Color Power with Gradient Fills: Production Graphics with Wendy Peck at | WebReference

Color Power with Gradient Fills: Production Graphics with Wendy Peck at

Gradient Fills: The Full Picture


Top sample saved as a JPG at medium quality. (.84kb) Lower sample is the same file, but saved as a high quality JPG (1.98kb). The compression helps to smooth banding in this case.

Although banding is almost invisible in this sample of a medium quality JPG, artifacts are ruining the text.(1.82kb)

Changing the JPG compression to high quality adds some subtle banding, but the text is clear. (2.89kb)

The same sample as above, but light noise was added to the graduated fill layer. A low noise setting was applied four times and the banding is less pronounced. (2.98kb)

GIF file of the same button. The file size is nearly double, and the quality is not quite as good as the JPG. GIF occasionally delivers excellent graduated full results though – keep it in mind. (4.43kb)


There is nothing that will give your graphics more impact than correct use of graduated fills. All graphics programs offer these fills in one form or another, but few people actually take the time to investigate all the options for bringing graphics to life.

Take a look at really great sites, though, and you will find that gradient fills are everywhere – often subtle, and only evident when you really study the graphics. Study anything that seems to have wonderful depth or a feeling that it is beautifully crafted, and you will often find that gradient fills are providing the special qualities.

In order to use the power of a gradient fill, you must spend the time to learn what features your software offers for these special fills. The learning is not so tough, since this is not a mysterious tool. However, you should devote some time to playing with the various settings so you understand the effects that each type of gradient delivers.

We will start with a very simple explanation of the basic types of gradients fills and then move to software specific discussions. This is one topic that is very different depending on which software you use.

General Tips on Gradients
As much as I love the look of gradient fills, I find that they are often not well done. To make a great looking gradient fill for a large solid area at Web resolution, it takes every tip in the book, some luck, the right colors and ... well, I think you get the picture. However, there are some tricks to making graduated fills look great. Just don't start with a full page background for your first graduated fill project.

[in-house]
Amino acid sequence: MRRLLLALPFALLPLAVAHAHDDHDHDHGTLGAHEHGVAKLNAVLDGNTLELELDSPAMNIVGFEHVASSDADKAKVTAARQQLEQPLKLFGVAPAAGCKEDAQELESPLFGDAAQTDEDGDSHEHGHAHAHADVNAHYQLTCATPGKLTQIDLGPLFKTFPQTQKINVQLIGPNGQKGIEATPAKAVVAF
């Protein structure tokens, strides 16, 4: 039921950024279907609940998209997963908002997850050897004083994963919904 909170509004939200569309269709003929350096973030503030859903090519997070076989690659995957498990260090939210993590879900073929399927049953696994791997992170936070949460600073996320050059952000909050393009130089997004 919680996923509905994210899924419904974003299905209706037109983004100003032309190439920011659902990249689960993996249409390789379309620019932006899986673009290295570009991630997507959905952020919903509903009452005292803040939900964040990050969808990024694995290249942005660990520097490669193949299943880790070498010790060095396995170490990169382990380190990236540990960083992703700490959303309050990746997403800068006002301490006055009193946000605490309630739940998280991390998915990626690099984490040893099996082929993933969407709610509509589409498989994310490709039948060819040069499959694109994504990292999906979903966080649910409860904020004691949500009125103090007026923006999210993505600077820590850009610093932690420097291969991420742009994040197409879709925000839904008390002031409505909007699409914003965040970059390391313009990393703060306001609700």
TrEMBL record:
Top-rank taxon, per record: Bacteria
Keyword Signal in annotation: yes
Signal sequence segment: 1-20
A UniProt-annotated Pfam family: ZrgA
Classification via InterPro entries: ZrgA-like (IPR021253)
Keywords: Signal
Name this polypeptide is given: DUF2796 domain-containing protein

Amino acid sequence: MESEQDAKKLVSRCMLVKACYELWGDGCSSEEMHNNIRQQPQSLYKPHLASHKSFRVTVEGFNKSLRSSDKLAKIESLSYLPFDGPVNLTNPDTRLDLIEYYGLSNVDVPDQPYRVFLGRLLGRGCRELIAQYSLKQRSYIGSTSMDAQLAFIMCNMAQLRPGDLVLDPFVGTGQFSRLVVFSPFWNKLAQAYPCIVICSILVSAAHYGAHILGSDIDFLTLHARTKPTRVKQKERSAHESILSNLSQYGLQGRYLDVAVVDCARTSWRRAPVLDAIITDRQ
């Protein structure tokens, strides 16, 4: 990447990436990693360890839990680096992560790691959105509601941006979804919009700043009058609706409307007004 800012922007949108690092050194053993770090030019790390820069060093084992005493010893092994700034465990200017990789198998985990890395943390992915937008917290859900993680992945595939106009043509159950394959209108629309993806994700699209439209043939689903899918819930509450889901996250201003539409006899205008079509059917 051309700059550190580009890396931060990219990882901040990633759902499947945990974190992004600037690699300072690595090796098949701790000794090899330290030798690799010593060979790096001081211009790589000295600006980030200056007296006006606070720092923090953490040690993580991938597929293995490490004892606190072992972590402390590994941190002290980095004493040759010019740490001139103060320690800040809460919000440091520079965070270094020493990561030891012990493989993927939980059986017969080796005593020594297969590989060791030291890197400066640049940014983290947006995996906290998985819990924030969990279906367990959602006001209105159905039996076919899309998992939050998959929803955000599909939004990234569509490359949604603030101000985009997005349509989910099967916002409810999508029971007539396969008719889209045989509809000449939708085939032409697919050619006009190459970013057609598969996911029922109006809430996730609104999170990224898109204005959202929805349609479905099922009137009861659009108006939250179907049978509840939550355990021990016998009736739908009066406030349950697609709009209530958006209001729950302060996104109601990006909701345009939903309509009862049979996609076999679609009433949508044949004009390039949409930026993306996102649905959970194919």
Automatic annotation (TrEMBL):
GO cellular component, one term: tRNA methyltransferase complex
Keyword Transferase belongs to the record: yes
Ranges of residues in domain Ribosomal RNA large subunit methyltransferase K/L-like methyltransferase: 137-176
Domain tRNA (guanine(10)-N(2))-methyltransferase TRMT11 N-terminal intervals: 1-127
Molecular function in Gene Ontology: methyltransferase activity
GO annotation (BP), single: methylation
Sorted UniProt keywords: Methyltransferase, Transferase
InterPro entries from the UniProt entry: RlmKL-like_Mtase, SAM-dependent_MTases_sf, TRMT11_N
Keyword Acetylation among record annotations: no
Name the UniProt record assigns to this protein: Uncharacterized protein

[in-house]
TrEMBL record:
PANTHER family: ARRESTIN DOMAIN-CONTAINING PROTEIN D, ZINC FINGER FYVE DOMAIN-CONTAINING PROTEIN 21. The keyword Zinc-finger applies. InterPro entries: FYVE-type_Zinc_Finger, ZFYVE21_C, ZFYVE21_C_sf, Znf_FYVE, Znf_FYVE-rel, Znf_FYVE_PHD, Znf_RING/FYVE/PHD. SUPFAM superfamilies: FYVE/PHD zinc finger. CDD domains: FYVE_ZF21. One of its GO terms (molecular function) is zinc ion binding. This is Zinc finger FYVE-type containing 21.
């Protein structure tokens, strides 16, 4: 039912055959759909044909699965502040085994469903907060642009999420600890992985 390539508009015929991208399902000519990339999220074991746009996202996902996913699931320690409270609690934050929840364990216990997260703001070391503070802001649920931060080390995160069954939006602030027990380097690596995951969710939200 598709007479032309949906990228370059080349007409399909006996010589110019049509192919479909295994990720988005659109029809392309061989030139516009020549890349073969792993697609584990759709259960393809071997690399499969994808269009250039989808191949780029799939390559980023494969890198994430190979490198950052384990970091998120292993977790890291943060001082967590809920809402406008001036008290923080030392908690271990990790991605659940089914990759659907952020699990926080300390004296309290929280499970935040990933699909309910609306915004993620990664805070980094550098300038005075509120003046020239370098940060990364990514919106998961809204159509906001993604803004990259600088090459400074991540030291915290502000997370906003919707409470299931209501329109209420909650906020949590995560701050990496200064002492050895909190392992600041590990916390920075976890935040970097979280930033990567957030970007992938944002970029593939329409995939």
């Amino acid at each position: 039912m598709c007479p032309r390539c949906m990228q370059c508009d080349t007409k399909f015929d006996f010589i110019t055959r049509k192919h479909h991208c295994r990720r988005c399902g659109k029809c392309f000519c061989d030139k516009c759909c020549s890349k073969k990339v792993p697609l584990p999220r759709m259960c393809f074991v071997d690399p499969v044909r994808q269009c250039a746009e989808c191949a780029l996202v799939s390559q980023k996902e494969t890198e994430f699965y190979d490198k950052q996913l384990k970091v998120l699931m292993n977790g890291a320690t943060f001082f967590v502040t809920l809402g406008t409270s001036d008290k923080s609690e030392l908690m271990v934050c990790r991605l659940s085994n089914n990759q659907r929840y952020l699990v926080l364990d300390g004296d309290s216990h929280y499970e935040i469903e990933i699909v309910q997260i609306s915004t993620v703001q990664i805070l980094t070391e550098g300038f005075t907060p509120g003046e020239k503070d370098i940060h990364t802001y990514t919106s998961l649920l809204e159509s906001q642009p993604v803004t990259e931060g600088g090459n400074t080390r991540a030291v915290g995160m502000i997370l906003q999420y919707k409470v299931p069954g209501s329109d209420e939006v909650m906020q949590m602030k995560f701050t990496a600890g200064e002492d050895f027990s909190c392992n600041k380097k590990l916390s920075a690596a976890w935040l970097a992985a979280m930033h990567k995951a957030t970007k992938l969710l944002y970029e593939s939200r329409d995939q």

I will probably get mail on this, but you have to work within the restrictions of the medium. At high resolution, as is used for printing, it is much easier to deliver a gradient without banding, or lines of color when we really want a smooth transition. Getting a smooth gradient fill at Web resolutions is not an exact science. For example, take a look at the samples at the left. This solid graduated fill is smoother in the first sample. Yet they are saved at 30 quality and 80 quality JPG files, with the top sample at 30. Increasing compression helped to smooth banding.

The banding problem will not be as great for shaped images or text as it is for solid fills. Smaller areas like buttons, also take well to graduated fills on the Web. However, along with the benefits of broken areas come the challenges of artifacts around design features. See the sample of the buttons at the left. While the graduated fill in this button looks smoother at the lower quality (30) it is broken up around the letters. The lower button has a slightly more noticeable banding, but the letters are clear. Of course, this button is an exaggerated size, which makes any problems worse.